(1) Functionality and features of the covered article, including the covered article's or source's access to data and information system privileges;

(2) The user environment in which the covered article is used or installed;

(3) Security, authenticity, and integrity of covered articles and associated supply and compilation chains, including for embedded, integrated, and bundled software;

(4) The ability of the source to produce and deliver covered articles as expected;

(5) Ownership of, control of, or influence over the source or covered article(s) by a foreign government or parties owned or controlled by a foreign government, or other ties between the source and a foreign government, which may include the following considerations:

(i) Whether a Federal agency has identified the country as a foreign adversary or country of special concern;

(ii) Whether the source or its component suppliers have headquarters, research, development, manufacturing, testing, packaging, distribution, or service facilities or other operations in a foreign country, including a country of special concern or a foreign adversary;

(iii) Personal and professional ties between the source—including its officers, directors or similar officials, employees, consultants, or contractors—and any foreign government; and

(iv) Laws and regulations of any foreign country in which the source has headquarters, research development, manufacturing, testing, packaging, distribution, or service facilities or other operations.

(6) Implications for government missions or assets, national security, homeland security, or critical functions associated with use of the source or covered article;

(7) Potential or existing threats to or vulnerabilities of Federal systems, programs or facilities, including the potential for exploitability;Start Printed Page 47591

(8) Capacity of the source or the U.S. Government to mitigate risks;

(9) Credibility of and confidence in available information used for assessment of risk associated with proceeding, with using alternatives, and/or with enacting mitigation efforts;

(10) Any transmission of information or data by a covered article to a country outside of the United States; and

(11) Any other information that would factor into an assessment of supply chain risk, including any impact to agency functions, and other information as the FASC deems appropriate.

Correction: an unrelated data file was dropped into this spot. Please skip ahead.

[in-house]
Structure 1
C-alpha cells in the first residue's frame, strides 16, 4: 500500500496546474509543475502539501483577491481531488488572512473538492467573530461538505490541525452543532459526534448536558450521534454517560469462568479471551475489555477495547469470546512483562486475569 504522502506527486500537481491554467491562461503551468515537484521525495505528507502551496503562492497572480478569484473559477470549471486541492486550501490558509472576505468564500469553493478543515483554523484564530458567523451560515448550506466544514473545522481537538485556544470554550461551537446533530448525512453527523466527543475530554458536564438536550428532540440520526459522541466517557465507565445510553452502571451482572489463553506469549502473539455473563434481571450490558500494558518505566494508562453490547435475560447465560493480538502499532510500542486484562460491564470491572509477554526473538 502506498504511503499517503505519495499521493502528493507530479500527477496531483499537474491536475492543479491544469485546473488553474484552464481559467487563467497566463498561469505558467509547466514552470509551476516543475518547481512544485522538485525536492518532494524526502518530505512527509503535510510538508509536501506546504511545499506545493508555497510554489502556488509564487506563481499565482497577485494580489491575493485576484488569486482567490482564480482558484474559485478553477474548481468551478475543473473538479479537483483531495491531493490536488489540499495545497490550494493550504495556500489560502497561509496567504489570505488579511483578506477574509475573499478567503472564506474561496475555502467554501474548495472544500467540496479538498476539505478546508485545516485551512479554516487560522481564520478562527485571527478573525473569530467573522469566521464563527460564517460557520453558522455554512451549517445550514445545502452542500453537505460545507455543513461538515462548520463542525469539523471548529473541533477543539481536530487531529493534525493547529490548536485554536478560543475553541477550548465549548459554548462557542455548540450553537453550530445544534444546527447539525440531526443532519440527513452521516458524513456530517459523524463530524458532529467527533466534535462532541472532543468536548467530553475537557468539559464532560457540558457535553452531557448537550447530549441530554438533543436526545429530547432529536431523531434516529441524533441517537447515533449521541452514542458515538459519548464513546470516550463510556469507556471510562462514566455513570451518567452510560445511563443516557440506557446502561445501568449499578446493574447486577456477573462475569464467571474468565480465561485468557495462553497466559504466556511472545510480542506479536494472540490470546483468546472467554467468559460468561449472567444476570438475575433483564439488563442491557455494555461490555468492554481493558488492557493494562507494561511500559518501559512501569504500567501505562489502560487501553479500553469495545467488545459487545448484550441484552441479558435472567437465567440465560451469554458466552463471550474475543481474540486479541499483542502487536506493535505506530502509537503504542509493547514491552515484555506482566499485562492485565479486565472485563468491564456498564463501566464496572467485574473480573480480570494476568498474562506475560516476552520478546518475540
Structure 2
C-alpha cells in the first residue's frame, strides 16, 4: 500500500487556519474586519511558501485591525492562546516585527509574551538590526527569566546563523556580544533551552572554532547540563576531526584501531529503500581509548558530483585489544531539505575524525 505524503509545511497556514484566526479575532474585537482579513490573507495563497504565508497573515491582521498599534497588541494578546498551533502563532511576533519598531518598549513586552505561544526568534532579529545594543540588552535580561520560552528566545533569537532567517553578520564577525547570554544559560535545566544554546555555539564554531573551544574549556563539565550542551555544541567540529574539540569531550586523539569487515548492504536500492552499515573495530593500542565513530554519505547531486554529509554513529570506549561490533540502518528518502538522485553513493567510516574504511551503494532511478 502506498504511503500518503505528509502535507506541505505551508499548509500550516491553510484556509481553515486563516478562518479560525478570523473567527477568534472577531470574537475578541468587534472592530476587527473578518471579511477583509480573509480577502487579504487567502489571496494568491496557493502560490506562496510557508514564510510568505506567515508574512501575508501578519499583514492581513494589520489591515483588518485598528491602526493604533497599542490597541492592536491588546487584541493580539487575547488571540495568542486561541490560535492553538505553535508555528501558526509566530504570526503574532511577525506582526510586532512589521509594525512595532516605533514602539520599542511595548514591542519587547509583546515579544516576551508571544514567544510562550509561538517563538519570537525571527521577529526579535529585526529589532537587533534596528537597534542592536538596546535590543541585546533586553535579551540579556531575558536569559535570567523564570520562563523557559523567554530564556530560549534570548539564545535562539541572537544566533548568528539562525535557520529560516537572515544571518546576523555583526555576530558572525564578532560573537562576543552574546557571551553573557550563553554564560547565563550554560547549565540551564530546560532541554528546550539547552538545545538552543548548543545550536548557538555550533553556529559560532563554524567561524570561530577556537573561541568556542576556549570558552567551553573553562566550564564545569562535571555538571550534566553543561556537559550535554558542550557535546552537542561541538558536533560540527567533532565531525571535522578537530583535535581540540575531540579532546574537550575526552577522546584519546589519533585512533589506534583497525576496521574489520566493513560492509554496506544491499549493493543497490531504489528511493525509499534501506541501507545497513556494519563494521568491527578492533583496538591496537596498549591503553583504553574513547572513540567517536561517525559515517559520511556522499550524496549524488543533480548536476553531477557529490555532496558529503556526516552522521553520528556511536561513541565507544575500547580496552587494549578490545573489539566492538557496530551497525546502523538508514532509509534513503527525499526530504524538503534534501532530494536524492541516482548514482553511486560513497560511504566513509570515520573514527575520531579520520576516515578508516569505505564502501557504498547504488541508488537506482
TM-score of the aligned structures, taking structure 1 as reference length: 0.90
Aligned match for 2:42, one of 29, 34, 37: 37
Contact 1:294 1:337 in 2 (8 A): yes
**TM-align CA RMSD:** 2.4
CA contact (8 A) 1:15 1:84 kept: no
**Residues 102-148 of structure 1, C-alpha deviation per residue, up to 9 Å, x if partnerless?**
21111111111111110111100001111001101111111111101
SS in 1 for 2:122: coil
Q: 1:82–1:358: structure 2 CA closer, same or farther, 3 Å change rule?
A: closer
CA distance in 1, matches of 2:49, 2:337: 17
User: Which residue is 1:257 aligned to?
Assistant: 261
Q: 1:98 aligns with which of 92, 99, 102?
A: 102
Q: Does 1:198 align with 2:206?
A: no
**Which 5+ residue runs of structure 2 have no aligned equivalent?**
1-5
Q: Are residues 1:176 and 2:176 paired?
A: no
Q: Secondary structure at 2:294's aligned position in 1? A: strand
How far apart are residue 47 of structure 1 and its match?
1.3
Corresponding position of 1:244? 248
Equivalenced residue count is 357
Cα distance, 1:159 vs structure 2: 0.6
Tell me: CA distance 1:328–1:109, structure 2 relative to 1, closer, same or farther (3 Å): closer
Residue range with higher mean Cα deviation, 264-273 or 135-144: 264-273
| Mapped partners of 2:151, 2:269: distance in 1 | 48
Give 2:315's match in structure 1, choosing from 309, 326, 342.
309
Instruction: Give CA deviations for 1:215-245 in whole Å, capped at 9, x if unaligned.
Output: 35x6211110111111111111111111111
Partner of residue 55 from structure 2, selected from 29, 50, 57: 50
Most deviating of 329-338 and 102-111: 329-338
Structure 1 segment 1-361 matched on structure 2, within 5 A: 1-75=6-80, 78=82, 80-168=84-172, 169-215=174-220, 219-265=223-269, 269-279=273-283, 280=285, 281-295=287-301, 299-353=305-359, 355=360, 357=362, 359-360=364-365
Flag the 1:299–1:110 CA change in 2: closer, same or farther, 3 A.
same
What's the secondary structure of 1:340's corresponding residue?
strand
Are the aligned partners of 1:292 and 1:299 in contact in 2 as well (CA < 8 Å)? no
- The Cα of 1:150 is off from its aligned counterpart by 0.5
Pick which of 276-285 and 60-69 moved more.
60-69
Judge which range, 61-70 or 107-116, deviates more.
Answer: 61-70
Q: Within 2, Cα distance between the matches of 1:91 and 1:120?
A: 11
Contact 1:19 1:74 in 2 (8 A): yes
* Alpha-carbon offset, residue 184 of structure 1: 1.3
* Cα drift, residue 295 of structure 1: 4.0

(c) Foreign Ownership. Nothing in this section shall be construed to authorize the issuance of an exclusion or removal order based solely on the fact of the foreign ownership of a potential procurement source that is otherwise qualified to enter into procurement contracts with the Federal Government.

(d) Due Diligence. As part of the analysis performed pursuant to paragraph (b) of this section, the FASC will conduct appropriate due diligence. Such due diligence may include, but need not be limited to, the following actions:

(1) Reviewing any information the FASC considers appropriate; and

(2) Assessing the reliability of the information considered.

(e) Consultation with NIST. NIST will participate in FASC activities as a member and will advise the FASC on NIST standards and guidelines issued under 40 U.S.C. 11331.

Recommendation.

(a) Content of recommendation. The FASC shall include the following in any recommendation for the issuance of an exclusion or removal order made to the Secretary of Homeland Security, Secretary of Defense, and/or Director of National Intelligence:

(1) Information necessary to positively identify any source or covered article recommended for exclusion or removal;

(2) Information regarding the scope and applicability of the recommended exclusion or removal order, including whether the order should apply to all executive agencies or a subset of executive agencies;

(3) A summary of the supply chain risk assessment reviewed or conducted in support of the recommended exclusion or removal order, including significant conflicting or contrary information, if any;

(4) A summary of the basis for the recommendation, including a discussion of less intrusive measures that were considered and why such measures were not reasonably available to reduce supply chain risk;